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In which we take a look at the experience of searching for a product, clicking-through to an ecommerce store and purchasing the item, all from a customer’s point of view.
In which we take a look at the experience of using John Lewis from a customer point of view.
Meaning this won’t be a robust test of the ecommerce site’s search functionality, or the quality of its mega-navs, or the persuasiveness of its homepage.
Instead this will involve searching for an item on Google, clicking on the most attractive result, testing the relevancy and helpfulness of its landing page and seeing how quick and easy it is to make a purchase. The customer journey in a nutshell.
This post looks to help you resolve these issues to get more from your organic search data.
Welcome back to our Intro to AdWords scripts series where we're training you to automate your account management using scripts.
Landing pages with broken URLs can wreak havoc in your AdWords account.
Whether the links have moved or were inputted incorrectly from the start, the outcome is the same: you’re paying for dead-end clicks.
This week’s article will be an introduction to automated destination URL checking in your AdWords account.
We’ll go through a basic URL checking script and explain what’s going on, line by line.
As has been the case for the past while, the start of a new year brings a whole host of predictions, rich with content about the importance of mobile (thankfully, this year we avoided the dreaded 'year of mobile' proclamations).
For PPC campaigns this year, one of the key challenges will be ensuring that the opportunity for increased sales via mobile traffic is efficiently and profitably taken.
QR codes, though a potentially useful device in the marketer's armoury, have been undermined by overuse and downright bad execution.
While they can be used effectively, it's generally easier to find bad and terrible examples of QR code marketing, normally the result of poor placement, or landing pages that just don't work on mobile.
So, it's a mixed bag, as the examples below demonstrate...
Landing pages are an integral part of paid search. Effective pages mean you convert more visitors to the outcomes you need and in quality-score based search engines they make your ad more competitive.
Securing the click is only the start of the conversion journey. The quality of the user journey after the click will determine your ability to convert paid search traffic into desired outcomes.
A common mistake in paid search programmes is for the focus to be entirely on keyword targeting and CPC management, ignoring the vital role that landing page optimisation plays in converting visits into actions.
I'm referring to PPC landing pages here, as some of these tips are taken from our PPC Best Practice Guide, but many of these factors apply equally to email and other landing pages...
Local search is becoming increasingly important as consumers look to find information about the products and services near to them.
For example, 81% of UK smartphone internet users have looked for local information with their devices, and these people are just as likely to purchase in your store as online.
There’s an extremely valuable amount of traffic available for local queries, so if you are a local business it becomes extremely important to deliver your messaging to these searchers.
Google has focused heavily on improving its local search results experience, and queries that trigger a local results page have increased in number, so that the location no longer needs to be part of the search query.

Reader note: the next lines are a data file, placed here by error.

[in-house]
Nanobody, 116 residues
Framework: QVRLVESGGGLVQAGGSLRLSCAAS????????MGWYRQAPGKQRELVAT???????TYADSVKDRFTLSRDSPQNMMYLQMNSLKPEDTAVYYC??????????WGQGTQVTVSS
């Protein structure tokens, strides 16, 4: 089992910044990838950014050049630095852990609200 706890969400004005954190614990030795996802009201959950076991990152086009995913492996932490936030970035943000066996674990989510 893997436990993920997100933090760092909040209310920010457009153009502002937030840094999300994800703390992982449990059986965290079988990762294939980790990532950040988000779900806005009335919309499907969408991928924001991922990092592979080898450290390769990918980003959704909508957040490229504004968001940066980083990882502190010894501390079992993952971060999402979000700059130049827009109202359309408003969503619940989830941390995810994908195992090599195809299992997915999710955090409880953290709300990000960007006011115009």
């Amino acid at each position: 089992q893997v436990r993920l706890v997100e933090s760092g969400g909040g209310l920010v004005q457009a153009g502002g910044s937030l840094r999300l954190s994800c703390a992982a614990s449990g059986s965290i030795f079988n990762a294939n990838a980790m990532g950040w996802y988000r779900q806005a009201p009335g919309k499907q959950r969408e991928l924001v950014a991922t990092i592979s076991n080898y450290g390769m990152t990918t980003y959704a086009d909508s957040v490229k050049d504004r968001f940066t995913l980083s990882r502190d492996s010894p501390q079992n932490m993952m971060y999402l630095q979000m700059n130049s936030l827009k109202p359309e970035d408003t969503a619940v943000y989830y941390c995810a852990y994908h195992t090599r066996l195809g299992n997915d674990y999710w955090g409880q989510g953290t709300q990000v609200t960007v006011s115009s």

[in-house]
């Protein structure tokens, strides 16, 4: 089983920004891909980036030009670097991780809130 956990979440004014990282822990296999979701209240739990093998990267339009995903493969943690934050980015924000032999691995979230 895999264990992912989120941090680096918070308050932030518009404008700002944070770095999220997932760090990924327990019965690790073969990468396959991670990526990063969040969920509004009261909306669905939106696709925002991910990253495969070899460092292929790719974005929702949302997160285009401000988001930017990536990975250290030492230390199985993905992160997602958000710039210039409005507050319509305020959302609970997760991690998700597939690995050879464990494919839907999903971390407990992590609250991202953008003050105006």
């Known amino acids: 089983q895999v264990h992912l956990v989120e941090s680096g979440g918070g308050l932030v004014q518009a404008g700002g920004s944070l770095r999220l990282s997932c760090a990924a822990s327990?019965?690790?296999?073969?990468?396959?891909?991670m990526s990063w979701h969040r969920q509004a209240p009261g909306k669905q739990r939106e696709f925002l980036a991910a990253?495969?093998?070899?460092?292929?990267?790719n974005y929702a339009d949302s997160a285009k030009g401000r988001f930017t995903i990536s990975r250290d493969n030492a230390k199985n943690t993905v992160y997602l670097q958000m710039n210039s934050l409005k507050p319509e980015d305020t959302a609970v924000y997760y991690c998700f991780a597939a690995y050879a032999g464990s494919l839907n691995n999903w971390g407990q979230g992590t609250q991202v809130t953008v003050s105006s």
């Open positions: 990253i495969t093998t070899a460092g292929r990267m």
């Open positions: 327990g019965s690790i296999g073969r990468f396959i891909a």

Google integrates data from Google+ to its map listings, so the easiest way to make sure your business is appearing on a map search is to ensure your Google+ business page is set up and using the correct address.
Here are five examples of PPC ads using location to enhance listings and (hopefully) increase CTR...
Over the last year, much attention has been paid to, and in fact a cottage industry has grown up around, optimizing landing pages for mobile devices. But too often landing pages are not optimized for mobile users, generating frustration and anger rather than conversions.
According to Walker Sands, 12.6% of total website traffic was driven via mobile devices in the fourth quarter of 2011, up 102% from the year before. As consumers increasingly turn to mobile devices like smartphones and tablets for product research, web browsing, and on-the-go shopping, it’s key for online brands to rely on landing pages that are not only optimized for mobile devices, but demonstrate relevance to the user as well.
With Facebook's new Timelines for brands due to go live today, I thought it would be a good time to round up some of our posts on Facebook marketing.
Topics covered include f-commerce, timelines, the EdgeRank algorithm, customer service, as well as lots of useful Facebook stats...
Online and offline are merging. We engage with prospects and customers in different ways during the lifecycle of their relationship with a brand: in the search and prospect phase, at the point of purchase (or initial conversion) or during the after-sales and support cycle.
One way to easily get to grips with the different ways you can interact with audience is to break down the user journey.
For the initial stages, the get in touch and get engaged phases, you need to have a strategy in place to get visitors back to your site to re-engage with them, especially if the initial contact was in an offline situation.
There are many ways of doing this but a good strategy is to become pragmatic and ensure you can run a campaign that takes hours to implement, instead of days.
There are some very good examples of QR code use, but many of them seem to be used without enough consideration of factors such as location and optimising landing pages.
Here are some dodgy uses of QR codes, some bizarre, some in ridiculous locations, others just plain stupid...